Advanced Search
MyIDEAS: Login to save this paper or follow this series

The Gender Balance of Academic Economics in the UK


Author Info

  • Karen Mumford


Executive summary: Women make up approximately 30% of the research/PhD students, 15% of the lecturers, 10% of the readers/senior lecturers and 5% of the professors. Males in standard full-time academic jobs are twice as likely to be at a senior level (above lecturer) than women (46% compared to 23%). There are few part-time jobs in standard academia and these jobs are dominated by men. It will take some 10 years for the relative stock of female permanent lecturers to equal the proportion (27%) of women in the inflows to that grade. Inflows via new hires into the senior grades were not high enough to have a significant impact on the relative stocks of females at the more senior level. Research-only jobs make up 15% of all full-time academic jobs, most are fixed-term. Research-only jobs are dominated by males although to a lesser extent than occurs in standard full-time academic jobs (some 70% male). Women make up the majority of the very few part-time research-only jobs (26 of 48 jobs). Men are twice as likely to occur in senior level research-only jobs than women. Both men and women are twice as likely to be at senior levels if they work in standard academic jobs than in research-only jobs. There is little difference in the relative position of female academics between new universities, old universities, departments with 4 and above RAE rankings, and those ranked 3 or below. There are 329 women currently enrolled in full-time research/PhD degrees, there are 312 women currently employed full-time in academia. 30% of the PhD students are from the UK; 27% of the females and 32% of the males. Some 80% of the PhD students are enrolled in the 4 or 5 RAE ranked departments: this proportion is the same for males and females. The majority of recent PhD graduates have not taken employment in standard academic jobs in the UK - more so for women than men.

Download Info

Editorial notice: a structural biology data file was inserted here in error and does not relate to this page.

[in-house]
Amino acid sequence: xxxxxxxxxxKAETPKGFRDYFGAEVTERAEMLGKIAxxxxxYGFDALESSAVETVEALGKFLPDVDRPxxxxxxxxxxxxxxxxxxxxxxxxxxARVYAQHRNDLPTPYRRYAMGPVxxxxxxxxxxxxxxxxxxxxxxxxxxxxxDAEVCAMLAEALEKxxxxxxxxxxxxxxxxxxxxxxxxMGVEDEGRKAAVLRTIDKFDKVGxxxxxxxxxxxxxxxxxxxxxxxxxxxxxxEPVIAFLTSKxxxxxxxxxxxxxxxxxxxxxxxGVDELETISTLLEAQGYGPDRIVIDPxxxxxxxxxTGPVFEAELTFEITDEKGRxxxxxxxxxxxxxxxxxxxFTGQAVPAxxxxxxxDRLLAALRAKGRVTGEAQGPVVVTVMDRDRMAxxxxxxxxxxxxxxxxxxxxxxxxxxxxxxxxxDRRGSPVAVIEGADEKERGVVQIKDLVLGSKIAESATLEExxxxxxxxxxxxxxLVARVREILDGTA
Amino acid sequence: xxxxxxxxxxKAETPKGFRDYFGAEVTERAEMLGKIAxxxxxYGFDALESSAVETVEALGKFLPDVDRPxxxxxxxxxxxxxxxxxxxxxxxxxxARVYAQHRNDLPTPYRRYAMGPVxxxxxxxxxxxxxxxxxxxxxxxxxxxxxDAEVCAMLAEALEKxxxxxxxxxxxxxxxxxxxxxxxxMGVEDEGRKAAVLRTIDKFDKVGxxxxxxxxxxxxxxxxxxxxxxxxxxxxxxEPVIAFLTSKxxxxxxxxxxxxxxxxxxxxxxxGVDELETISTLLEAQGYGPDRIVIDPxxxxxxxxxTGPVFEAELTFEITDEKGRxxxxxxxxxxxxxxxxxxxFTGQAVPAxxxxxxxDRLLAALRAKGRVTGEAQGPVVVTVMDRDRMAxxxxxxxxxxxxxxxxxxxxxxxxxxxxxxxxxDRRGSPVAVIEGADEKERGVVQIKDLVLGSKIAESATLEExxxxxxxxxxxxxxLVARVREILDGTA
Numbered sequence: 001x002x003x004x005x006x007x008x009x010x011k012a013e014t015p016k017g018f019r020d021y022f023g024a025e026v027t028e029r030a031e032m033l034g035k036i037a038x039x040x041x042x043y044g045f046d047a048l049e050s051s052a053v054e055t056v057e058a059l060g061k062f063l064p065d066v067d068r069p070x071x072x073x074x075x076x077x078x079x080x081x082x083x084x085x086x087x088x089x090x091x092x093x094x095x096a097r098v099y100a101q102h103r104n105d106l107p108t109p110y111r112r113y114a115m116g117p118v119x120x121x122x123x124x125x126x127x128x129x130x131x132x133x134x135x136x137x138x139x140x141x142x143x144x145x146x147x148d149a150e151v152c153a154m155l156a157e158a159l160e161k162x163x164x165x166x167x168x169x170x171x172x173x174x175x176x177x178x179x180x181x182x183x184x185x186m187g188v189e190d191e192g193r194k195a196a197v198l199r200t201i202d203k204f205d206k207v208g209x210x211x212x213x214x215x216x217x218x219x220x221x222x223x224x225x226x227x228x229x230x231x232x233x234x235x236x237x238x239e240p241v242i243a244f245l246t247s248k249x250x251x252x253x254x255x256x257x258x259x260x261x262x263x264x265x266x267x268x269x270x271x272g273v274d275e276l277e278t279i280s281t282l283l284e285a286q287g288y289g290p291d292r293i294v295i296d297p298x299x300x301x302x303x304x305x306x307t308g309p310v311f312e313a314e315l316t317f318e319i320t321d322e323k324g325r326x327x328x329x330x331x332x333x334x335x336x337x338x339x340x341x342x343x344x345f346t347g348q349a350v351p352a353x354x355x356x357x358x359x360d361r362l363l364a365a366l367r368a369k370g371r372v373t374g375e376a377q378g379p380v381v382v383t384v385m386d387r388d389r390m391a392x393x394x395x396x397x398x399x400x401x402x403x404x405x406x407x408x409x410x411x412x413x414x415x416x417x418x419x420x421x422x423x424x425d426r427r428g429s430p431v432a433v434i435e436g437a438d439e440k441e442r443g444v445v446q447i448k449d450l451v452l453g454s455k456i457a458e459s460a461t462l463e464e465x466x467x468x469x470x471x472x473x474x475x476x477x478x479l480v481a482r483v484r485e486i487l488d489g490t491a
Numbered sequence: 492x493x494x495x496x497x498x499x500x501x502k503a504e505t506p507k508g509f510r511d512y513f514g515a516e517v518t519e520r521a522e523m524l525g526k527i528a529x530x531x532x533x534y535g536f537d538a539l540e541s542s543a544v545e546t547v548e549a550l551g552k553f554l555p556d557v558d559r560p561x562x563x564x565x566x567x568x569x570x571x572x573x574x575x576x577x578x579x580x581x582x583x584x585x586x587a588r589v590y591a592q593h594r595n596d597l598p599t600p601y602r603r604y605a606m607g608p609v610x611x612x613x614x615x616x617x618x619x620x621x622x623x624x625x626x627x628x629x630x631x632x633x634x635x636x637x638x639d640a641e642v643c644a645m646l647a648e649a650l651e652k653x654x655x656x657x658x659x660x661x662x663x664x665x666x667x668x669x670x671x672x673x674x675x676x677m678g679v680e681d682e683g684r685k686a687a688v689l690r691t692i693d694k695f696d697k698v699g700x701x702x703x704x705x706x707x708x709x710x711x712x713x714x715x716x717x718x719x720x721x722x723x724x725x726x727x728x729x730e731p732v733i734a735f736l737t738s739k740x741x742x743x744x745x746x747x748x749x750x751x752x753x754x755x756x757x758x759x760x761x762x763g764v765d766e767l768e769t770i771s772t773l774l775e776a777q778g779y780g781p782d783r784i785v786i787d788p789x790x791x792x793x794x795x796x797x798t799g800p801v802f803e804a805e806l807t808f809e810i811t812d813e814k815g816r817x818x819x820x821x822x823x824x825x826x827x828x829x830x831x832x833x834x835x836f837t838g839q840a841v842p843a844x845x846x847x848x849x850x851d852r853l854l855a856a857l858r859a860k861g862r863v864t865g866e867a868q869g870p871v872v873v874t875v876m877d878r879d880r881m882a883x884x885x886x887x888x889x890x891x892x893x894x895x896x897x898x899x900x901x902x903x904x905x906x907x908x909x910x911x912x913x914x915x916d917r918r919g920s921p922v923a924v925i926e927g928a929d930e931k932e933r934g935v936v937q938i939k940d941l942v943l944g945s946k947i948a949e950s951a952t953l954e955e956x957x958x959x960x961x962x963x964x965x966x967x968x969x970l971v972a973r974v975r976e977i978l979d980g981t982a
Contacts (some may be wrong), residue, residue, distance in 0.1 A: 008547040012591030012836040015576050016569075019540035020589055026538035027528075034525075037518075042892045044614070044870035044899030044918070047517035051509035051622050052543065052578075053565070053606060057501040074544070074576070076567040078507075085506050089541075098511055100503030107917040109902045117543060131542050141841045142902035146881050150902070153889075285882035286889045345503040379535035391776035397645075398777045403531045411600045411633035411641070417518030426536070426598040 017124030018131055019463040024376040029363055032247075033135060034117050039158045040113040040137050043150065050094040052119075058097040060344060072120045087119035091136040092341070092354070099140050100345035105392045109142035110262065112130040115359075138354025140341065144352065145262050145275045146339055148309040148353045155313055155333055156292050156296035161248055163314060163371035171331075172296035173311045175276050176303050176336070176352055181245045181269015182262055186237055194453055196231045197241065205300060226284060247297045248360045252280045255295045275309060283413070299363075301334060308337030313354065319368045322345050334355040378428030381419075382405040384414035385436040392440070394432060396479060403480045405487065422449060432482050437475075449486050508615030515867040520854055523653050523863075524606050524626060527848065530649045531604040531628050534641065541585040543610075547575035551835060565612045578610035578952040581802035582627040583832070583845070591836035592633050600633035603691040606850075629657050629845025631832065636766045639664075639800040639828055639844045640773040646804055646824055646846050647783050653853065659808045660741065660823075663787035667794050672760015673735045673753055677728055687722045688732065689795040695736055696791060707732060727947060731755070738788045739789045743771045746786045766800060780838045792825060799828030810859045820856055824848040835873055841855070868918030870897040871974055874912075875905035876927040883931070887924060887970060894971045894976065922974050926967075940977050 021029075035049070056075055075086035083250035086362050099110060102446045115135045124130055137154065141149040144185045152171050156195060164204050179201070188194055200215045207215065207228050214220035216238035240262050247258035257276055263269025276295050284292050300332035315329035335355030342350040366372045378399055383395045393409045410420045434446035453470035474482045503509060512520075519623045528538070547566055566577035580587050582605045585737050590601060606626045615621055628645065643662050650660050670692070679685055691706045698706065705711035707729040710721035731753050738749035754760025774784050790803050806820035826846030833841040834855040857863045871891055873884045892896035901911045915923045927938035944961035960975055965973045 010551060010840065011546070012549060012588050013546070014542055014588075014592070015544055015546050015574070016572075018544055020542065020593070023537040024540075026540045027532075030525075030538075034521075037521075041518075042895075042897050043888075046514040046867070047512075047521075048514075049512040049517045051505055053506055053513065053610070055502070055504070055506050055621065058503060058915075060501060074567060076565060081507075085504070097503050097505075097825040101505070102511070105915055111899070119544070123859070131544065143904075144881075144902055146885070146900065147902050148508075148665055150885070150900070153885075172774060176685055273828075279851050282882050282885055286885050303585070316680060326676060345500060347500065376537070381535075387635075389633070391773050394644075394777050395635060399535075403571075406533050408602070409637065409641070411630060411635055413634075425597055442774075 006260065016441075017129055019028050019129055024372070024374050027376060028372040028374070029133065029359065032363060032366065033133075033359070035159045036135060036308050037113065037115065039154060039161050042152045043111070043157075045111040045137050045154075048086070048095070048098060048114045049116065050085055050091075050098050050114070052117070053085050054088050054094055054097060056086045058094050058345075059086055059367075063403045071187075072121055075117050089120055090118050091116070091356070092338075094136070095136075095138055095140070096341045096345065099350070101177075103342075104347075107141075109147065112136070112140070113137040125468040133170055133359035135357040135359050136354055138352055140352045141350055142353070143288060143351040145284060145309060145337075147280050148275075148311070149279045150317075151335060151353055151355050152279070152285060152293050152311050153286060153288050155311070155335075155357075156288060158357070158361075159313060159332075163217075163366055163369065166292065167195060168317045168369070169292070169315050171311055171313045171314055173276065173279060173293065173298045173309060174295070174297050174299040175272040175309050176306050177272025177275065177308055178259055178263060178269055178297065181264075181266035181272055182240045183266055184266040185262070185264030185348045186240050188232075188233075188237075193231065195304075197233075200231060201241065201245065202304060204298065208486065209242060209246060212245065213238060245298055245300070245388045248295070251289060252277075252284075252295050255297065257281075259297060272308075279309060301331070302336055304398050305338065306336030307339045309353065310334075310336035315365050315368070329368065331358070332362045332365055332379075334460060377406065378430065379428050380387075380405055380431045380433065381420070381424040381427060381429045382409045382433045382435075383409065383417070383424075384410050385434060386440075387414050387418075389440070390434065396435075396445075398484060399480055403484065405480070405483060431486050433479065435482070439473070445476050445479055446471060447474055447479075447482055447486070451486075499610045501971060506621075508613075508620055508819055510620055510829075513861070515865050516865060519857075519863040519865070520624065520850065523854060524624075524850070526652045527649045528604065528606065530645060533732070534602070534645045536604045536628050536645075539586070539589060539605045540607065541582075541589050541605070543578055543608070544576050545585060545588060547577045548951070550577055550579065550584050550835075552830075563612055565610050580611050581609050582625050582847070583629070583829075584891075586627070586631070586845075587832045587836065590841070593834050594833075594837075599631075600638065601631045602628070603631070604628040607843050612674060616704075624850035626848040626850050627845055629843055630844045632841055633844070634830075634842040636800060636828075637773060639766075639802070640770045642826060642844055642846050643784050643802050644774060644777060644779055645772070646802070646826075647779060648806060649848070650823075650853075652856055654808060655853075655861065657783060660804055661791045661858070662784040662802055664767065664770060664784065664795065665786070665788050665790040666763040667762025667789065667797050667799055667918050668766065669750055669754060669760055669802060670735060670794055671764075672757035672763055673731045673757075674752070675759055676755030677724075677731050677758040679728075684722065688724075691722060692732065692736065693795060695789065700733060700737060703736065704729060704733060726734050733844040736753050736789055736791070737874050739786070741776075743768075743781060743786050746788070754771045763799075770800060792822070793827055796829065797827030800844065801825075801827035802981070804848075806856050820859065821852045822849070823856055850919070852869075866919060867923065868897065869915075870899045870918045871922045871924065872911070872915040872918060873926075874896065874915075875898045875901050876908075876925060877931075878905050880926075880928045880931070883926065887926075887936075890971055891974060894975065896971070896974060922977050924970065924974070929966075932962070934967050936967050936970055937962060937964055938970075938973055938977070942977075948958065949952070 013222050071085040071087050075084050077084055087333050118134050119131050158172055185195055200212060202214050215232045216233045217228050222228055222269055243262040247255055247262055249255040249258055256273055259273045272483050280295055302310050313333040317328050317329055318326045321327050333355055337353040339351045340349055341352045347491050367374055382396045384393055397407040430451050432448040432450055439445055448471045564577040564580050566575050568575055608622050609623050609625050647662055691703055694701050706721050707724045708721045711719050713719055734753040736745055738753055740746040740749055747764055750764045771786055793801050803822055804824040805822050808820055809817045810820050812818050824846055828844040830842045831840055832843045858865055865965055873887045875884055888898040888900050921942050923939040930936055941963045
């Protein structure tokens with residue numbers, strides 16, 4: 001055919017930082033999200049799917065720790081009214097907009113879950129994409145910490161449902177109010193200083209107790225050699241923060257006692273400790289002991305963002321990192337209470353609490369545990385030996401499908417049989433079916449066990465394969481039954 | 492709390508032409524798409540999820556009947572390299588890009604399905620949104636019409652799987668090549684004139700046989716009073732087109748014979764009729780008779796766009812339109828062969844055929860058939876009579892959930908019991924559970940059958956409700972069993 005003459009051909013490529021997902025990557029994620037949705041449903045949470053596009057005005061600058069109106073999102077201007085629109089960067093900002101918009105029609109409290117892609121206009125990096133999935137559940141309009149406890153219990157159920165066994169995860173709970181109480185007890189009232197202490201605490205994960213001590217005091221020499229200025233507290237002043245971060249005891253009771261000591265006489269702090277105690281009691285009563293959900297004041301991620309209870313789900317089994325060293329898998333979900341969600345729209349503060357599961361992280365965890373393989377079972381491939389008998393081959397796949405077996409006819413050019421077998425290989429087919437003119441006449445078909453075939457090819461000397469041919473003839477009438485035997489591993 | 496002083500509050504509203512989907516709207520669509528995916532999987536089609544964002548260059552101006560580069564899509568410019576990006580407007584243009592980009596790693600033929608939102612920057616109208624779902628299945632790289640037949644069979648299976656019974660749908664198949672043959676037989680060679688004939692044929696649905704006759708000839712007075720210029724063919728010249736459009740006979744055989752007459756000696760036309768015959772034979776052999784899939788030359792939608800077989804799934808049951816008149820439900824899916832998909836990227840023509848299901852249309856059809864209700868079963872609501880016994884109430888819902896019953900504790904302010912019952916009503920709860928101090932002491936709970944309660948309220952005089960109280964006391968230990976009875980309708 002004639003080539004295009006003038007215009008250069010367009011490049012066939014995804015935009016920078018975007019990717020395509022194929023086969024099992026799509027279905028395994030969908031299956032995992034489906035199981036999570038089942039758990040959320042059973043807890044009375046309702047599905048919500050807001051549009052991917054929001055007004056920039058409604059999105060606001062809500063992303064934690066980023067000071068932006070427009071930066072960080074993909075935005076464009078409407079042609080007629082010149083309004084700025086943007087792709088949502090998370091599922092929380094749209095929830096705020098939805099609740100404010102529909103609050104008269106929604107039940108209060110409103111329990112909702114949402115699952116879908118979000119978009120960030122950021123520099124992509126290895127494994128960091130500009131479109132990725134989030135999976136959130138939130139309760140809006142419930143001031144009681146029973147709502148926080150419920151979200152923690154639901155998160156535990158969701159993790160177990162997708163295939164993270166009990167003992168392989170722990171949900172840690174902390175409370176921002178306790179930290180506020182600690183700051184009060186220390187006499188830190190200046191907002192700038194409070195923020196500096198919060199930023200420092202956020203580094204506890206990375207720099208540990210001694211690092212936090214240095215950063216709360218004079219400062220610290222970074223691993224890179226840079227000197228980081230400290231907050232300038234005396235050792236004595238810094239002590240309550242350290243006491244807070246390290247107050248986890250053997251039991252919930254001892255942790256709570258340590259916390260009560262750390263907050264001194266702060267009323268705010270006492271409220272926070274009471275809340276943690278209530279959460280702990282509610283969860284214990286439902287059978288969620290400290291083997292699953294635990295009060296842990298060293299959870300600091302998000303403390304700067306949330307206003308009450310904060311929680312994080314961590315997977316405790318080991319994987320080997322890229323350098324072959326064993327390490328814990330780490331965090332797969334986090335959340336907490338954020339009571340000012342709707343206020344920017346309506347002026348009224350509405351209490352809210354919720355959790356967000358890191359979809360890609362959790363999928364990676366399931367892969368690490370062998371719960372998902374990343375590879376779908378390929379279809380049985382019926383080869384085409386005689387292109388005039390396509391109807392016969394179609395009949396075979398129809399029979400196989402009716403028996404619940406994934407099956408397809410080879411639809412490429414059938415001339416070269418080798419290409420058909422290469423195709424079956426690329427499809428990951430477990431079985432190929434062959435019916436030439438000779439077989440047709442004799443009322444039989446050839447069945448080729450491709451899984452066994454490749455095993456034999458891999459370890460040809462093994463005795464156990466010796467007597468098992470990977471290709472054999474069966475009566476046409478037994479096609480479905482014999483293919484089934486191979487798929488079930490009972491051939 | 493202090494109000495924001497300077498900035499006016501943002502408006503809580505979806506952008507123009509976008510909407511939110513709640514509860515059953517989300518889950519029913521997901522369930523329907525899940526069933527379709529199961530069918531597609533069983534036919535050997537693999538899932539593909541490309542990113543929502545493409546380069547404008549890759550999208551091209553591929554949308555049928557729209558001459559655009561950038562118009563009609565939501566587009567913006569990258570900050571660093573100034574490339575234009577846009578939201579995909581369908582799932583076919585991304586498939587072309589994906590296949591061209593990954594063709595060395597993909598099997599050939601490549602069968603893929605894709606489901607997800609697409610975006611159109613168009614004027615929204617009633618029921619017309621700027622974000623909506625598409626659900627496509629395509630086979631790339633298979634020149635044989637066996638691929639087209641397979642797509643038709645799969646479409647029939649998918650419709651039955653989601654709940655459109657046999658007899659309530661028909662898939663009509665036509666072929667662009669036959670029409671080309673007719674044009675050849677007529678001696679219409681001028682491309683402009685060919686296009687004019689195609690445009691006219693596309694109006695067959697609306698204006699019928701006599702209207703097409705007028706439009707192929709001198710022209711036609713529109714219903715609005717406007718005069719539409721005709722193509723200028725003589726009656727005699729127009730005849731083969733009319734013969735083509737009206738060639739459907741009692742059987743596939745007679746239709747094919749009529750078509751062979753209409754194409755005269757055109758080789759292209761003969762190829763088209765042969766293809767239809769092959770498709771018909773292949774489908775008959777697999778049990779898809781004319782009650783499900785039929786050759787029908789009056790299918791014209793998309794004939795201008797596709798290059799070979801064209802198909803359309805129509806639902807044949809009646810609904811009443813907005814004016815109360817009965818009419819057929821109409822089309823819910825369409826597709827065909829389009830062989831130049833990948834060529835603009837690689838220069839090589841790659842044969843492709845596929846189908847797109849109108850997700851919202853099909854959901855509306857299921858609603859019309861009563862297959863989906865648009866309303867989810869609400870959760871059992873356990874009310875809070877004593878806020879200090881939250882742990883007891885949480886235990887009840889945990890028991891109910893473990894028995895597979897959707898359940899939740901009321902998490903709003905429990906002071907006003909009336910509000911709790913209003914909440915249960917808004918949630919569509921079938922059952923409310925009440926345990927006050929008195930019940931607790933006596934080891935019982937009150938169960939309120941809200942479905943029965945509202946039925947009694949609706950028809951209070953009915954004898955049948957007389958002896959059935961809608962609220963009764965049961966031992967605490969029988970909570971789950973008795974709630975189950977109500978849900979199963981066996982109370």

If you experience problems downloading a file, check if you have the proper application to view it first. In case of further problems read the IDEAS help page. Note that these files are not on the IDEAS site. Please be patient as the files may be large.
File URL:
File Function: Main text
Download Restriction: no

Bibliographic Info

Paper provided by Department of Economics, University of York in its series Discussion Papers with number 97/21.

as in new window
Date of creation:
Date of revision:
Handle: RePEc:yor:yorken:97/21

Contact details of provider:
Postal: Department of Economics and Related Studies, University of York, York, YO10 5DD, United Kingdom
Phone: (0)1904 323776
Fax: (0)1904 323759
Web page:
More information through EDIRC

Related research

Keywords: Gender; academic; economics; explanations;

This paper has been announced in the following NEP Reports:


No references listed on IDEAS
You can help add them by filling out this form.


Citations are extracted by the CitEc Project, subscribe to its RSS feed for this item.
as in new window

Cited by:
  1. Karen Mumford, . "Royal Economic Society Women’s Committee Survey on the Gender and Ethnic Balance of Academic Economics 2008," Discussion Papers 09/29, Department of Economics, University of York.
  2. Laura C. Blanco & Karen Mumford, . "Royal Economic Society Women’s Committee Survey on the Gender and Ethnic Balance of Academic Economics 2010," Discussion Papers 11/19, Department of Economics, University of York.
  3. L.C. Blanco & M. Mitka & K.Mumford & J. Roman, 2013. "The Gender Balance of Academic Economics 2012: Royal Economic Society Women’s Committee Survey," Discussion Papers 13/16, Department of Economics, University of York.
  4. repec:ese:iserwp:2002-04 is not listed on IDEAS
  5. Ward-Warmedinger, Melanie E., 1999. "Your Everyday, Average Academic," IZA Discussion Papers 63, Institute for the Study of Labor (IZA).


This item is not listed on Wikipedia, on a reading list or among the top items on IDEAS.


Access and download statistics


When requesting a correction, please mention this item's handle: RePEc:yor:yorken:97/21. See general information about how to correct material in RePEc.

For technical questions regarding this item, or to correct its authors, title, abstract, bibliographic or download information, contact: (Paul Hodgson).

If you have authored this item and are not yet registered with RePEc, we encourage you to do it here. This allows to link your profile to this item. It also allows you to accept potential citations to this item that we are uncertain about.

If references are entirely missing, you can add them using this form.

If the full references list an item that is present in RePEc, but the system did not link to it, you can help with this form.

If you know of missing items citing this one, you can help us creating those links by adding the relevant references in the same way as above, for each refering item. If you are a registered author of this item, you may also want to check the "citations" tab in your profile, as there may be some citations waiting for confirmation.

Please note that corrections may take a couple of weeks to filter through the various RePEc services.